As for the story, I suspect we all feel a little like Szymanowski in these difficult times – as if it’s easy to give in to excess, and balance is near-impossible to achieve.

King Roger continues at Arts Centre Melbourne until 27 May 2017. Click here for more info or to make bookings. [Credit: photos provided by Opera Australia, taken by Jeff Busby.]

Friday, 19 May 2017

Eastern Sleeper: Night Train from Kiev to Warsaw

I paid for my own train fare from Ukraine to Poland.

In June 2016 I caught the night train from Kiev, Ukraine to Warsaw, Poland.

This was a full overnight journey (and then some). I boarded at 16:48 at Kyiv-Passazhyrsky station and alighted at 09:10 the next morning at Warszawa Centralna.

It was what you might call old-school European train travel. I'd paid extra to have a 'single', ie the whole compartment to myself.

My bunk was in a sealed sleeper car (with no connection with the rest of the train, and no dining car). My carriage attendant was an impressively tall Ukrainian woman with no English who made me a cup of tea while I dined on sandwiches bought at the station in Kiev.

Then there were the theatrics along the way. A couple of hours waiting at the border in the dim pre-dawn light while Ukrainian border guards searched for smuggled cigarettes, and loud clanking sounds accompanied the adjustment of the train's wheels from the Ukrainian to Polish gauge. Loads of atmosphere!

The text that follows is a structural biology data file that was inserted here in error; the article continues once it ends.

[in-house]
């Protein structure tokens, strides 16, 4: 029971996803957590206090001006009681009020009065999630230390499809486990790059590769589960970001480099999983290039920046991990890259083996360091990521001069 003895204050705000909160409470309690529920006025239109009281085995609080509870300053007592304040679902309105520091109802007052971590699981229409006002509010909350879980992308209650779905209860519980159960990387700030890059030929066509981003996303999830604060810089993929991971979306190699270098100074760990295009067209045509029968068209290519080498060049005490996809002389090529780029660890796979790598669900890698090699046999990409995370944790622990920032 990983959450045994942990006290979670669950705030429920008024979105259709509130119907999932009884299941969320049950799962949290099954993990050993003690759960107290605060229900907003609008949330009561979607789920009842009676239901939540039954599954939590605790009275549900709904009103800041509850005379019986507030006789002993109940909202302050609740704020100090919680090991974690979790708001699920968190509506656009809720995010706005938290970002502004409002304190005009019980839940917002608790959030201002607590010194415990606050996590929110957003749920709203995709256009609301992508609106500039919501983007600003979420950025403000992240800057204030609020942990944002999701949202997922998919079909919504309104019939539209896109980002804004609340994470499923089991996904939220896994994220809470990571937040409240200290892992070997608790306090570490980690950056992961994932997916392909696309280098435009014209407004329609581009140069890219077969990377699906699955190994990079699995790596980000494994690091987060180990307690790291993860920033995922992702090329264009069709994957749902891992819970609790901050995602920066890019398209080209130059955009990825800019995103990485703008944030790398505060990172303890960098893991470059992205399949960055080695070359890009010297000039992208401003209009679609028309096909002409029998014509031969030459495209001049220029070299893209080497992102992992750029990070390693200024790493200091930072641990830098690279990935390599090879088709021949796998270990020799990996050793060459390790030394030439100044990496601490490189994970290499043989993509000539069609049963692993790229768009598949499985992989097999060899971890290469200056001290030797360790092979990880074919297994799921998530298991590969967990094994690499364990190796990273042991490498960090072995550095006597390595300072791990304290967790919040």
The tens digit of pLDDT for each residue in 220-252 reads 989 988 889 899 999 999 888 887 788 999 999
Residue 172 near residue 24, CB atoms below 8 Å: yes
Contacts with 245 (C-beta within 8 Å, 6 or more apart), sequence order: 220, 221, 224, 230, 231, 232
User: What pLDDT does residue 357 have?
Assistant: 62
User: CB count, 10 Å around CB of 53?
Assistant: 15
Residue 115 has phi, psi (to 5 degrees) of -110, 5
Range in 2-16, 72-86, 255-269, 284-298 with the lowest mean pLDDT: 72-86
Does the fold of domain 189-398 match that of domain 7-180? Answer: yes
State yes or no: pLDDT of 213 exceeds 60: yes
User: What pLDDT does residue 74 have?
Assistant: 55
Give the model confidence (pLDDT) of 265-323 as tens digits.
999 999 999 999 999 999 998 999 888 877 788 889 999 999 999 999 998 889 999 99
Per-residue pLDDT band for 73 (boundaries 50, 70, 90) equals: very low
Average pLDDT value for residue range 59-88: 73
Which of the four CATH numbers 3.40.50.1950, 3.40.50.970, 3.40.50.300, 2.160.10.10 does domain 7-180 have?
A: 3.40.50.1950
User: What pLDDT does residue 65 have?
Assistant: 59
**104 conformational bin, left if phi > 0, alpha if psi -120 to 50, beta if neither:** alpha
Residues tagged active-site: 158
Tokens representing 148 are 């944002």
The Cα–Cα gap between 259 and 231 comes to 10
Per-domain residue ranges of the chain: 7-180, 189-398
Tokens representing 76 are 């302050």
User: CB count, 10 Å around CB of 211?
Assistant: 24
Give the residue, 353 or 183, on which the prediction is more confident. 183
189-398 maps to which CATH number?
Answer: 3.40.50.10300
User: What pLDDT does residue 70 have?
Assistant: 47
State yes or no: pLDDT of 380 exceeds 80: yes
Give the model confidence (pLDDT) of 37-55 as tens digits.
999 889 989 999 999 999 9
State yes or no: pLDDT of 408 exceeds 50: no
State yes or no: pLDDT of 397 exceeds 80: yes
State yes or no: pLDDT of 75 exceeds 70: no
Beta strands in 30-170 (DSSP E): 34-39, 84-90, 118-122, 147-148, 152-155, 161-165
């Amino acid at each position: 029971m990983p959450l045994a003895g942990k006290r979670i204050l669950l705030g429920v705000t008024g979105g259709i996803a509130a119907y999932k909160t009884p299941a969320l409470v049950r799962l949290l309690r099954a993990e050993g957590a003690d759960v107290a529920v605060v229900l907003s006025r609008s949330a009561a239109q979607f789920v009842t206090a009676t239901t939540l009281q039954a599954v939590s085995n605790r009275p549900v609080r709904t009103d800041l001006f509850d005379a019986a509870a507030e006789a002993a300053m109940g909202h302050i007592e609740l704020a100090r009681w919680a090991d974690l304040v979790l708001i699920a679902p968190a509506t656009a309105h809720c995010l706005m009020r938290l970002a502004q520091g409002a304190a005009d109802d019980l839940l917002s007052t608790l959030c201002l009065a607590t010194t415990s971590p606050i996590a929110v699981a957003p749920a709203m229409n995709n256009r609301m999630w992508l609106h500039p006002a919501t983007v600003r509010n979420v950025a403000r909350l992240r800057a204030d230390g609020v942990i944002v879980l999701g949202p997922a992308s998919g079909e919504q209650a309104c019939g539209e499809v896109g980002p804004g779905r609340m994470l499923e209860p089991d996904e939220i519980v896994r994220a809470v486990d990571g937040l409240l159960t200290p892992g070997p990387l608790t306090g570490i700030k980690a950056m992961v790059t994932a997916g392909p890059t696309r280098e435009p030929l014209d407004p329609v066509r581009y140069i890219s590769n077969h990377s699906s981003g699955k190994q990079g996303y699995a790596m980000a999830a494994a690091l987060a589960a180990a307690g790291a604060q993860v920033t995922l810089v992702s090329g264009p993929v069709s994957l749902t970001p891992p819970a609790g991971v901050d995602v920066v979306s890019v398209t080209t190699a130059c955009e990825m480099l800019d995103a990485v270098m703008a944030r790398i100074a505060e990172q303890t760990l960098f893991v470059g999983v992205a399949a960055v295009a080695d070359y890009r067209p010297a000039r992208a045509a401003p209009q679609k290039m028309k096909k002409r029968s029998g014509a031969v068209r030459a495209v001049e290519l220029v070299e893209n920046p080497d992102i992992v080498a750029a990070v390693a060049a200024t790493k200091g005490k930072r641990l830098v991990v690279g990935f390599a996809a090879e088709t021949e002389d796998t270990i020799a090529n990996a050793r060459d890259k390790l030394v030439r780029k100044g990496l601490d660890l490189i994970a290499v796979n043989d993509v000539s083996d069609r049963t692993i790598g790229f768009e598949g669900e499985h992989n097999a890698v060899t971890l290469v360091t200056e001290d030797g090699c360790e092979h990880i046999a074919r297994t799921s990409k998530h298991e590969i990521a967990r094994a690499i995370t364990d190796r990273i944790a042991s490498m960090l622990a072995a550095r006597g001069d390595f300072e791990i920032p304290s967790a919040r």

Despite all this I did get some sleep, and attendant Natasha as I came to think of her (I never did get her name) happily posed for a photo on the platform at Warsaw.

I heartily recommend the Kiev-Warsaw sleeper or its shorter Krakow-Lviv counterpart if you yearn for a little of that old-fashioned night train travel with a dash of intrigue.

Here's a selection of photos I took on the journey:



As it's not possible yet to book these trains online, a reliable service I'd recommend to book these services ahead on your behalf is Polrail. Bon voyage! Or as the Ukrainians say, Щасливої подорожі!

Friday, 12 May 2017

The LA You Don't Know

This article was originally written for the magazine of a travel agency, which was later bought out and never published it. So here it is, for your enjoyment (Disclosure: I've generally been assisted by the Los Angeles Tourism and Convention Board when visiting LA).